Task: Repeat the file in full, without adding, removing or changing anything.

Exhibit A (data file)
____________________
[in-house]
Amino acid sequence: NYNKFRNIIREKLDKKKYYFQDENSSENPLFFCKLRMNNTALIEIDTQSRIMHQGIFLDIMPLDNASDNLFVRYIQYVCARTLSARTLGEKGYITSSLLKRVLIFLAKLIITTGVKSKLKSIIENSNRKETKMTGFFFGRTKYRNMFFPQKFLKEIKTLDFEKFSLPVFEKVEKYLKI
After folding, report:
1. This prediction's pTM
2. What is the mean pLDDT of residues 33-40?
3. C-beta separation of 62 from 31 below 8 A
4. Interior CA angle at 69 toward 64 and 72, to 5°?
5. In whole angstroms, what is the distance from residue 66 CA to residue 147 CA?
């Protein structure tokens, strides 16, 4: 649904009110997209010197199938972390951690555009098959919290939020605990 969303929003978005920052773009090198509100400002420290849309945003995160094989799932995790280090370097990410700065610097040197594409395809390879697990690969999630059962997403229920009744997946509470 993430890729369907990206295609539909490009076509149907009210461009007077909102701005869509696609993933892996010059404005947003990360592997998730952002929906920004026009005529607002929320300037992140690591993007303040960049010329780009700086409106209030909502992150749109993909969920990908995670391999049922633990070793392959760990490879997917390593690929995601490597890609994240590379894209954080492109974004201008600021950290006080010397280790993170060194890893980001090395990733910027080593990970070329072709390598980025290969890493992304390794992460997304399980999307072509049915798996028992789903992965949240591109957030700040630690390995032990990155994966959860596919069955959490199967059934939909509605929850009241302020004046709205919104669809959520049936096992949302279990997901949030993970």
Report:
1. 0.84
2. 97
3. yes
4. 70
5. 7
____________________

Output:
[in-house]
Amino acid sequence: NYNKFRNIIREKLDKKKYYFQDENSSENPLFFCKLRMNNTALIEIDTQSRIMHQGIFLDIMPLDNASDNLFVRYIQYVCARTLSARTLGEKGYITSSLLKRVLIFLAKLIITTGVKSKLKSIIENSNRKETKMTGFFFGRTKYRNMFFPQKFLKEIKTLDFEKFSLPVFEKVEKYLKI
After folding, report:
1. This prediction's pTM
2. What is the mean pLDDT of residues 33-40?
3. C-beta separation of 62 from 31 below 8 A
4. Interior CA angle at 69 toward 64 and 72, to 5°?
5. In whole angstroms, what is the distance from residue 66 CA to residue 147 CA?
């Protein structure tokens, strides 16, 4: 649904009110997209010197199938972390951690555009098959919290939020605990 969303929003978005920052773009090198509100400002420290849309945003995160094989799932995790280090370097990410700065610097040197594409395809390879697990690969999630059962997403229920009744997946509470 993430890729369907990206295609539909490009076509149907009210461009007077909102701005869509696609993933892996010059404005947003990360592997998730952002929906920004026009005529607002929320300037992140690591993007303040960049010329780009700086409106209030909502992150749109993909969920990908995670391999049922633990070793392959760990490879997917390593690929995601490597890609994240590379894209954080492109974004201008600021950290006080010397280790993170060194890893980001090395990733910027080593990970070329072709390598980025290969890493992304390794992460997304399980999307072509049915798996028992789903992965949240591109957030700040630690390995032990990155994966959860596919069955959490199967059934939909509605929850009241302020004046709205919104669809959520049936096992949302279990997901949030993970």
Report:
1. 0.84
2. 97
3. yes
4. 70
5. 7